The mam­moth hun­ters

Smith Journal - - Smith Stuff - Writer Luke Ryan Pho­tog­ra­pher Ev­ge­nia Ar­bugaeva •

AS TEM­PER­A­TURES CLIMB IN RUS­SIA’S ARC­TIC REACHES, AN­CIENT MAM­MOTH TUSKS ARE EMERG­ING FROM THE PER­MAFROST. A GROUP OF HUN­TERS BRAVES

UNIMAG­IN­ABLE CON­DI­TIONS TO FIND THEM.

ONCE UP ON A TIME, THE WOOLLY MAM­MOTH WAS THE KING OF THE ARC­TIC. THREE ME­TRES TALL AND WEIGH­ING UP TO SIX TONNES, WITH TUSKS THAT CURLED AL­MOST FOUR ME­TRES, THEY STRODE THE STEPPES AND TUN­DRA OF THESE FOR­BID­DING LANDS IN THEIR HUN­DREDS OF THOU­SANDS.

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But then, around 10,000 B.C.E., a com­bi­na­tion of warm­ing weather and hu­man hunt­ing led to an ex­tinc­tion-level event. Within the space of few mil­len­nia, these gi­ants were gone, their bod­ies sink­ing deep into the frosted land­scapes of the Arc­tic. But now a new wave of cli­mate change is ex­hum­ing them from the earth, and for the Yuk­a­gir tribes­men in Siberia’s far­thest north, it has cre­ated an un­ex­pected busi­ness op­por­tu­nity.

“These guys used to be rein­deer hun­ters and fishermen,” ex­plains Ev­ge­nia Ar­bugaeva, a pho­tog­ra­pher who spent months trav­el­ling with Yuk­a­gir hun­ters. “But it’s not prof­itable to do that any­more. Hunt­ing for mam­moth tusks has be­come their new means of sur­vival.”

Their main hunt­ing ground is the daunt­ingly re­mote Kotelny Is­land, al­most 1000 kilo­me­tres north of the Arc­tic Cir­cle, where some of the last re­main­ing pock­ets of mam­moth were thought to have roamed. Ar­bugaeva was taken in by mil­i­tary he­li­copter, but for the hun­ters, even get­ting to the is­land is a months-long or­deal. “They have to make the jour­ney to the is­lands by ice, so they set out in April and then just sit around un­til

July, when the ground thaws enough to be­gin the hunt.”

Ar­bugaeva’s pho­to­graphs bear wit­ness to a life­style of in­cred­i­ble hard­ship and pri­va­tion, but one lit by rugged beauty and nec­es­sary com­pan­ion­ship. Even in sum­mer, tem­per­a­tures on the is­land rarely rise above zero de­grees and the land­scape is racked by fu­ri­ous storms and bliz­zards. Food is scarce, in­juries com­mon and po­lar bears a con­stant men­ace. Some hun­ters sim­ply set off in the morn­ing and never re­turn.

“They walk for months and months on end,” Ar­bugaeva says. “Some­times more than 30 kilo­me­tres per day.” The hun­ters carry a stick with a me­tal poker on the end, which they use to test whether a browned sur­face is tusk or just drift­wood. “It’s re­ally just luck,” she says. “Of­ten there’ll only be a lit­tle piece stick­ing out, but then if you start to dig, it will re­veal a huge tusk.” Dig­ging presents its own chal­lenges. Only the top 20 cen­time­tres of soil ever thaws, so ex­ca­va­tions hit ice quickly. “A sin­gle tusk can weigh any­where up to 100 kilo­grams. Dig­ging it up could take a day, or it could take an en­tire week.”

Mam­moth tusks are far from a new com­mod­ity. As far back as the 17th cen­tury they were be­ing un­earthed and traded among the no­bles of Europe. “In the 1600s, Peter the Great, the Tsar and first Em­peror of Rus­sia, sent sol­diers into the far north to find him these gi­ant bones,” Ar­bugaeva ex­plains. “So, the busi­ness has been go­ing on for a while. But these days it’s all Chi­nese de­mand driv­ing it.” Ivory re­mains a much-sought-af­ter com­mod­ity in Chi­nese mar­kets, where it’s prized both for its pur­ported medic­i­nal prop­er­ties and as a can­vas for in­tri­cate carv­ings. But given the in­ter­na­tional ban on the ele­phant ivory trade, mam­moth tusk has be­come the next best thing. “In Hong Kong in 2013, a kilo­gram of a high-qual­ity tusk could go for up to $500 U.S.D. And ev­ery year there’s about six tonnes of woolly mam­moth tusk be­ing dug up on these Siberian is­lands.”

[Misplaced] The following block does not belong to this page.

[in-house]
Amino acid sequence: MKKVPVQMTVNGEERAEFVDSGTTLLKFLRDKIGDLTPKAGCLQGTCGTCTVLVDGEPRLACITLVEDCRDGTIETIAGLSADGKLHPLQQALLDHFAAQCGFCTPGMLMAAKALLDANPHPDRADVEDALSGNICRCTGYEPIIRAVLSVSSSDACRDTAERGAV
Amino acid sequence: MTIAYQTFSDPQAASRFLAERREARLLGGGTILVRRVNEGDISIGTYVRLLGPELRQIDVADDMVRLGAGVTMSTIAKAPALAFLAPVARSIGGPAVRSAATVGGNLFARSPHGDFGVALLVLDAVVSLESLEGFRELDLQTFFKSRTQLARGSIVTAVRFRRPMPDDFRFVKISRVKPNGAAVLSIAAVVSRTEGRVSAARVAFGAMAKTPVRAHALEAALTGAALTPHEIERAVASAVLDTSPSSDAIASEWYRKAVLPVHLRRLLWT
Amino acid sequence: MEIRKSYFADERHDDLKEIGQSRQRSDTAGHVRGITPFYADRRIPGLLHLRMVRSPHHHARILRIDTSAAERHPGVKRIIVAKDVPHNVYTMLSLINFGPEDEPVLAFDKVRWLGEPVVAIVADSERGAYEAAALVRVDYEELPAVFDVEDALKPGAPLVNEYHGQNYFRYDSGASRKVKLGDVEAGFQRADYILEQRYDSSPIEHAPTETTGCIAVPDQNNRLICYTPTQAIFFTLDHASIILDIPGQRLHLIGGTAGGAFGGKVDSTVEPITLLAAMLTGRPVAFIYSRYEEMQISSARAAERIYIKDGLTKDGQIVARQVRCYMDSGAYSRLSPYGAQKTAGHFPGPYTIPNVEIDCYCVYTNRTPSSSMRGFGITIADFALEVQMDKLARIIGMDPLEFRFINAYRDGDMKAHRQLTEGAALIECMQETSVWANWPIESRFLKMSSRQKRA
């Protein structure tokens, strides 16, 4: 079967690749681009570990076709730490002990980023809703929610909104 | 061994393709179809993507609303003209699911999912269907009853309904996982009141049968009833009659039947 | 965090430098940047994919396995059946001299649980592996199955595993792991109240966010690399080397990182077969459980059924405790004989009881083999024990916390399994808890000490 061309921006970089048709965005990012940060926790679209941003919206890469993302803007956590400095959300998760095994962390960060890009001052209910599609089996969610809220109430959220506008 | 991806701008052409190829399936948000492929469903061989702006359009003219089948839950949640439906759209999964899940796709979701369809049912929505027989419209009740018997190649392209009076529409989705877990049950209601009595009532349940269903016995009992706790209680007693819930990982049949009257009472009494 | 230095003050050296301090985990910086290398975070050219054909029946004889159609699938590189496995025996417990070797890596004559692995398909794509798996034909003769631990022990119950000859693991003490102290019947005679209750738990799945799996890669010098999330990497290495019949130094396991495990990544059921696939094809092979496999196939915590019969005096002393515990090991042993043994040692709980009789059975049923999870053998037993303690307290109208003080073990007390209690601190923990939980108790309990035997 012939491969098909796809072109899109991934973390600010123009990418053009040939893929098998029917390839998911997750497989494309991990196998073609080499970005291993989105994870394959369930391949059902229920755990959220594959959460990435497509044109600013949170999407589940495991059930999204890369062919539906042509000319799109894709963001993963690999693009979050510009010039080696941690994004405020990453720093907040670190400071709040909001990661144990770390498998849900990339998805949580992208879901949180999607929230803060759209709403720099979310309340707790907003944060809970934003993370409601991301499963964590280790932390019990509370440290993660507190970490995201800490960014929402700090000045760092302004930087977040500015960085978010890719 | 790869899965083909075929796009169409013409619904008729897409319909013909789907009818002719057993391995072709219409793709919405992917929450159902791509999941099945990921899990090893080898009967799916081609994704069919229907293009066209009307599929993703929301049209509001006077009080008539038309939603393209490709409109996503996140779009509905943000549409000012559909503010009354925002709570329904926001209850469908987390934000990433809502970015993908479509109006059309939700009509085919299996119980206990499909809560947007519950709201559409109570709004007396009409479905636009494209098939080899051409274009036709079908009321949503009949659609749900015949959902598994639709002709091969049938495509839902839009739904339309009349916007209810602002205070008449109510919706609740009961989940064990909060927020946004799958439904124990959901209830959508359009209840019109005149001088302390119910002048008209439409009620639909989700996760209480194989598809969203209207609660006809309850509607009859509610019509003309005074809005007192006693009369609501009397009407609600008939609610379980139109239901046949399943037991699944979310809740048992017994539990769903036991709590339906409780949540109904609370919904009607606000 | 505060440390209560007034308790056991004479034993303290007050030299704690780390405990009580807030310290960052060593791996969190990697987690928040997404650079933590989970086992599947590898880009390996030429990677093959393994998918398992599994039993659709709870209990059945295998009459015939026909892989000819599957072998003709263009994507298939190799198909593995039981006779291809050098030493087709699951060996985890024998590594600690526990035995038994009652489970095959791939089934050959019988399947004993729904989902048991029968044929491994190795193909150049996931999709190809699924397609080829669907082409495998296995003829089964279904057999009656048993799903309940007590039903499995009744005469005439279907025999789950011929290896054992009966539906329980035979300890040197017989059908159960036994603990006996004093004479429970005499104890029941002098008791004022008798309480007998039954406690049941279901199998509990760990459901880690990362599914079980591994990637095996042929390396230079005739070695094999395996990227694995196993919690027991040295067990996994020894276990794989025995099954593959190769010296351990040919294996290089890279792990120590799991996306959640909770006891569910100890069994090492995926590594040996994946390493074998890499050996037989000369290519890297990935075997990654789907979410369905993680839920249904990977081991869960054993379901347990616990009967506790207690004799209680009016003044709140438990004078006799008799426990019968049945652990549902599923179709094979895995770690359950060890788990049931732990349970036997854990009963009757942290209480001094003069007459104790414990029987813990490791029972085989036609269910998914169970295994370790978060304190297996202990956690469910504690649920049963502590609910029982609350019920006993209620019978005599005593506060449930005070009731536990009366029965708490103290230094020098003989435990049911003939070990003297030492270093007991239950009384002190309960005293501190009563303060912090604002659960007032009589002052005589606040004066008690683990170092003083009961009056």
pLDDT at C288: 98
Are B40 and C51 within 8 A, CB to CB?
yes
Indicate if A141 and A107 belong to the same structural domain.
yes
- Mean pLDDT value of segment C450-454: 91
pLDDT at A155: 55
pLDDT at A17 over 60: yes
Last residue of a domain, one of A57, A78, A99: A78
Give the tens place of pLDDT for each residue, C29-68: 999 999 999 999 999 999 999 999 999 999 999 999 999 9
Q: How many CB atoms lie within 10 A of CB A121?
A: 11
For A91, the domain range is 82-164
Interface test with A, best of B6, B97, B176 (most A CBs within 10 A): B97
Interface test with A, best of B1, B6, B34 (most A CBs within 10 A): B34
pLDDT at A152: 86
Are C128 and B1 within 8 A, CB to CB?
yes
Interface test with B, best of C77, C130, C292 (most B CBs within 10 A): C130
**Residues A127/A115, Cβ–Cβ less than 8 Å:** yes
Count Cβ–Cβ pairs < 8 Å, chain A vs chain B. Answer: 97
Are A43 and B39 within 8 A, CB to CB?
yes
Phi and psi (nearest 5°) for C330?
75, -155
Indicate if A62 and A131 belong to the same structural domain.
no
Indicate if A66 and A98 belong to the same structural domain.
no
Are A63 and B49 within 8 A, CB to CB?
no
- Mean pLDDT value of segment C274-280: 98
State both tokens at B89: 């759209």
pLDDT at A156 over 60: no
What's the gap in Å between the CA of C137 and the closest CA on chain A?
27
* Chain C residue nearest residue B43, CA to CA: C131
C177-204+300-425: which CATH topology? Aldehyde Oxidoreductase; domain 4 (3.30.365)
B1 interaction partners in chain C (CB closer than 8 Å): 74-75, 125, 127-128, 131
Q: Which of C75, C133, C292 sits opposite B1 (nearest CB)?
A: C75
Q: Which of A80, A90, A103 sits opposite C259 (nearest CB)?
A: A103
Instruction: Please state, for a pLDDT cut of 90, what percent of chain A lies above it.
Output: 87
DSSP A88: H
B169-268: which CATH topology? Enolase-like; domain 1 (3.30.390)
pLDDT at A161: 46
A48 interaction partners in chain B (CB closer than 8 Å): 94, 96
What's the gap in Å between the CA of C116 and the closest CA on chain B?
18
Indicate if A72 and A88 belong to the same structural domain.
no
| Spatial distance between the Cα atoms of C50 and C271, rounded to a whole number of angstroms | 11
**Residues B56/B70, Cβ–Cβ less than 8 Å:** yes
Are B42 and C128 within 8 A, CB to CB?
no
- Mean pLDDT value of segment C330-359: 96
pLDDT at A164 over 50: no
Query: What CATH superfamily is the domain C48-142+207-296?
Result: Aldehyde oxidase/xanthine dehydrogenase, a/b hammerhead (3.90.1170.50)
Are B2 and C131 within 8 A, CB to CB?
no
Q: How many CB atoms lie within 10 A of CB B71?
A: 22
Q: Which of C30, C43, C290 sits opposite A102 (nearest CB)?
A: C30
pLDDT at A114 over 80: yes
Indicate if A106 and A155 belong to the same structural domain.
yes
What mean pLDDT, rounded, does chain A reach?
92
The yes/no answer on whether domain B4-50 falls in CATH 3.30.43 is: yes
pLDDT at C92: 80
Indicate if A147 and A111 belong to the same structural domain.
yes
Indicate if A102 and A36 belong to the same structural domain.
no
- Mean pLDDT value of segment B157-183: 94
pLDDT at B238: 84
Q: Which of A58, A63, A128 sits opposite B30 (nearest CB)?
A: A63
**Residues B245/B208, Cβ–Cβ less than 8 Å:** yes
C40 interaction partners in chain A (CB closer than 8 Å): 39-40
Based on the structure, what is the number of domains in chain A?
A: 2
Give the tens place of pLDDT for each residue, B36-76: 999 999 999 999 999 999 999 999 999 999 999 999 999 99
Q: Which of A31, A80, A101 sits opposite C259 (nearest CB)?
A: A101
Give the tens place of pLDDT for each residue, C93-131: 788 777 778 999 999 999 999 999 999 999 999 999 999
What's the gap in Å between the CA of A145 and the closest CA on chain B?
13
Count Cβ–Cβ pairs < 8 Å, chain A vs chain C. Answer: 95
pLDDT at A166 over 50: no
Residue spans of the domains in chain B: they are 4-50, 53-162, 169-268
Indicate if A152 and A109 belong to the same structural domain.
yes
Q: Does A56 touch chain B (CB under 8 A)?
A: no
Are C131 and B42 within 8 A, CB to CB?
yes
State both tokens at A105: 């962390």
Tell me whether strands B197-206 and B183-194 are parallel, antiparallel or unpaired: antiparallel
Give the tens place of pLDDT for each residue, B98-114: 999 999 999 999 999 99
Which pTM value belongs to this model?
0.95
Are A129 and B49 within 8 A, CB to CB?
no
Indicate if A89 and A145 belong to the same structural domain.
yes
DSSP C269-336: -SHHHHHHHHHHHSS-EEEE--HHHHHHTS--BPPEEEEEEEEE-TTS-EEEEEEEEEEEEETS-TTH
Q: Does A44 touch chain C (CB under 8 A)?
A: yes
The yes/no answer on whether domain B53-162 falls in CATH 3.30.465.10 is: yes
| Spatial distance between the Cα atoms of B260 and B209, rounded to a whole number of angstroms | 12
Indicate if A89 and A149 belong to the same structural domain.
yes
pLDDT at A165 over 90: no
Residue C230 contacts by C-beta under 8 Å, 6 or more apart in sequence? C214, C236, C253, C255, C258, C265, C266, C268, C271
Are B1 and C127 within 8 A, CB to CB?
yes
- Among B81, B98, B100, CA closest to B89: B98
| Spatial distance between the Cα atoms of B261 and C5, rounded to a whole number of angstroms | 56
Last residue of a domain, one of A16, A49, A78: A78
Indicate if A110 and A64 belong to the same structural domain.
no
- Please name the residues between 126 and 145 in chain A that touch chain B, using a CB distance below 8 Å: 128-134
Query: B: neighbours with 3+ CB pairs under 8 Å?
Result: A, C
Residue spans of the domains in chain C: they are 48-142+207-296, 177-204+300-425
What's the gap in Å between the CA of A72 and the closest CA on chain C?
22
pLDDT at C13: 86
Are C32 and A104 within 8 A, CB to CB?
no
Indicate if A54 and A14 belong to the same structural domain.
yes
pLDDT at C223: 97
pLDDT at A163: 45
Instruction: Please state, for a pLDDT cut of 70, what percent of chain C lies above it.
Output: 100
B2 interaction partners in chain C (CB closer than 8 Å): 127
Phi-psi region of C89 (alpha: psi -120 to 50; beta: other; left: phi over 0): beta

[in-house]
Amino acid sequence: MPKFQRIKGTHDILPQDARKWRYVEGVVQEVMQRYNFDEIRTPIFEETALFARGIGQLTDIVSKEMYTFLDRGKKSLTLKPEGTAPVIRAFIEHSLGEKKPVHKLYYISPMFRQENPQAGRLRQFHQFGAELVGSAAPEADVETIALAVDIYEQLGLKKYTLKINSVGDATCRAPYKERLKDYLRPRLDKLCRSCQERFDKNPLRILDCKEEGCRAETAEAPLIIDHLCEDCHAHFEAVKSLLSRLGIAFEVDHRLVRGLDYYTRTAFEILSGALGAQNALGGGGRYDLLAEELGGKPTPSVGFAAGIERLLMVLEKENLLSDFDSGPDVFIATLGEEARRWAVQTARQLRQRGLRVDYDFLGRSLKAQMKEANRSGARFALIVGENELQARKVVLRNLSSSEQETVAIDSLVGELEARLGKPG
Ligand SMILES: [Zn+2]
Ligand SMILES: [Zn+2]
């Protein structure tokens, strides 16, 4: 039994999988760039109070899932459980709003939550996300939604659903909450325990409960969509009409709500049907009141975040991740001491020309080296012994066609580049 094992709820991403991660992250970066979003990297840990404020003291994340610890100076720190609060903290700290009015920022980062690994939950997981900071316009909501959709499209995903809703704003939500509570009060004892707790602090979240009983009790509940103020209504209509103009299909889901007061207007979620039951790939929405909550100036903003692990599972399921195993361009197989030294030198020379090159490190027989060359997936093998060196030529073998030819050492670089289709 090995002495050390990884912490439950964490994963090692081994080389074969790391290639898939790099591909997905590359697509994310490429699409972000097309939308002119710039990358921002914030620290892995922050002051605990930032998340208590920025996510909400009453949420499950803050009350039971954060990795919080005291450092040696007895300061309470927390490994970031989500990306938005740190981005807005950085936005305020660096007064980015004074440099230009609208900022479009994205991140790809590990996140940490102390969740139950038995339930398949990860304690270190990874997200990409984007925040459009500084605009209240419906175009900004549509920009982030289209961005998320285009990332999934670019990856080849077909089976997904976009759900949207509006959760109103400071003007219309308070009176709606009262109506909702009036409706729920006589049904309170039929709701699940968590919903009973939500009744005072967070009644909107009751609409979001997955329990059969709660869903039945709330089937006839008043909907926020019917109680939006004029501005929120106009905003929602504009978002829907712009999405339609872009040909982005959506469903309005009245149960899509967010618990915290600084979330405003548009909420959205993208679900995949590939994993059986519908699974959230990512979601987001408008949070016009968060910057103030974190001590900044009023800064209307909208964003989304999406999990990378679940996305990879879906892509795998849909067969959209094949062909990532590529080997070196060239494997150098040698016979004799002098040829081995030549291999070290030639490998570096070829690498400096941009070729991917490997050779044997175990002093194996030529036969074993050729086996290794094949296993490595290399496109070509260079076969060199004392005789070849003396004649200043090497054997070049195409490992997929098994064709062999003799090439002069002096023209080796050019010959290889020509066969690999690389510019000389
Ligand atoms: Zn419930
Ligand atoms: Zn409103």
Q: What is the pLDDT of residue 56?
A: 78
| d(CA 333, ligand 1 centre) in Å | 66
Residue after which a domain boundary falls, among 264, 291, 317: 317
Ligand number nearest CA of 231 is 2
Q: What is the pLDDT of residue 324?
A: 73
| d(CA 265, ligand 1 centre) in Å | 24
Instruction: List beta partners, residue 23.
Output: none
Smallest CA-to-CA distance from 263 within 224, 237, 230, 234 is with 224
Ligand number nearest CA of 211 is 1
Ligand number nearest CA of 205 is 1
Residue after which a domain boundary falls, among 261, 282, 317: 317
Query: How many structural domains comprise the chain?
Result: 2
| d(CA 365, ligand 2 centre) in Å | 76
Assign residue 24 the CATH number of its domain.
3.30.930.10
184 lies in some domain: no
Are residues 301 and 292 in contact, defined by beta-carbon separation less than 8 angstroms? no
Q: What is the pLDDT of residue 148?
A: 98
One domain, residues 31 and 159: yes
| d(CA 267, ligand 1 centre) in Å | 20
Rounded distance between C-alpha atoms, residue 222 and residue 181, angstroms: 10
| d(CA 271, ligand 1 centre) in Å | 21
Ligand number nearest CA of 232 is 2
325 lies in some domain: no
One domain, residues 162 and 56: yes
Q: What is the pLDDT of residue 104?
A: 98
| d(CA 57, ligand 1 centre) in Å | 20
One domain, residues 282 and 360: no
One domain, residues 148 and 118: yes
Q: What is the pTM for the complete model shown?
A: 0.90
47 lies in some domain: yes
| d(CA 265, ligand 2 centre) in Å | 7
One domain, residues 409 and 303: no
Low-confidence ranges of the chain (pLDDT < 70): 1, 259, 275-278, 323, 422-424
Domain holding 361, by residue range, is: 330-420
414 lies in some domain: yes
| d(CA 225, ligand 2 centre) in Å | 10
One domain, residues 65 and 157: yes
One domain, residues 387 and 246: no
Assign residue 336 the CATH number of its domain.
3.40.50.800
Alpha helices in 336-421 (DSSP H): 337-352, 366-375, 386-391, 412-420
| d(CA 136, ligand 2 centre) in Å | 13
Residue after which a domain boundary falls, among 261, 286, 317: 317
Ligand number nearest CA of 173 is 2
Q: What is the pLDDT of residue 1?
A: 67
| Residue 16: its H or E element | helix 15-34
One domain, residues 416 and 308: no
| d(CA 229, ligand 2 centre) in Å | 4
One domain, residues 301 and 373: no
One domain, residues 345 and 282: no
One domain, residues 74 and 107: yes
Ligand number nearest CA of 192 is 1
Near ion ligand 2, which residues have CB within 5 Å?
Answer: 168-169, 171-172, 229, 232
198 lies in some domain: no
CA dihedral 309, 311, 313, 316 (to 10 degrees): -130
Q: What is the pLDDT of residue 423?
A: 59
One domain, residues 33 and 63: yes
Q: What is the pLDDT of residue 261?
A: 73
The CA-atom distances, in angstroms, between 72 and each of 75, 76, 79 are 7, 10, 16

Not that the hun­ters them­selves are see­ing the riches of the so-called ‘tusk rush’. As Ar­bugaeva says, “They’re just the be­gin­ning of the chain.” Typ­i­cally a mid­dle­man from a nearby vil­lage will gather a group of 15 to 20 hun­ters and fund their sea­son on the is­land, with a guar­an­tee to buy what­ever they find. For this five-month odyssey, each hunter might ex­pect to bring home be­tween $5,000 and $10,000. “The group shares the hunt. At the end of the sea­son, they bring to­gether all the tusks, weigh them and then dis­trib­ute the pro­ceeds equally.”

Un­for­tu­nately for the Yuk­a­gir, mam­moth hun­ters are fac­ing their own ex­tinc­tion-level event. “The Chi­nese mar­ket is chang­ing,” Ar­bugaeva ex­plains. “The gen­er­a­tion who were ob­sessed with these relics is get­ting older and the younger gen­er­a­tion don’t care. I’ve heard that there are al­ready ware­houses filled with un­sold tusks in Hong Kong.” Fur­ther com­pli­cat­ing mat­ters is the fact that Kotelny Is­land has be­come Rus­sia’s lat­est mil­i­tary out­post, a new fron­tier as the troops po­si­tion them­selves for an ice-free Arc­tic. “They don’t want these guys wan­der­ing the is­land, so ten­sions are ris­ing. Hunt­ing tusks is not il­le­gal, but it’s not en­cour­aged ei­ther.” In fact, tusk hun­ters have been known to have their en­tire hauls con­fis­cated by un­sym­pa­thetic bor­der guards, and their equip­ment de­stroyed. “It’s just hard to know how much longer they can keep this go­ing.”

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Even in sum­mer, tem­per­a­tures can drop to mi­nus 10 at night.

“It takes a lot of ner ve to be in a tent in the Ar ctic is­lands,” Ar­bugaeva says.

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Po­lar bears aside, mam­moth hunt­ing is haz­ardous work. The same g eo­log­i­cal forces bring­ing the tusks to the sur­face – per­mafr ost thaw brought on by global warm­ing – of ten lead to canyons giv­ing way with­out warn­ing.

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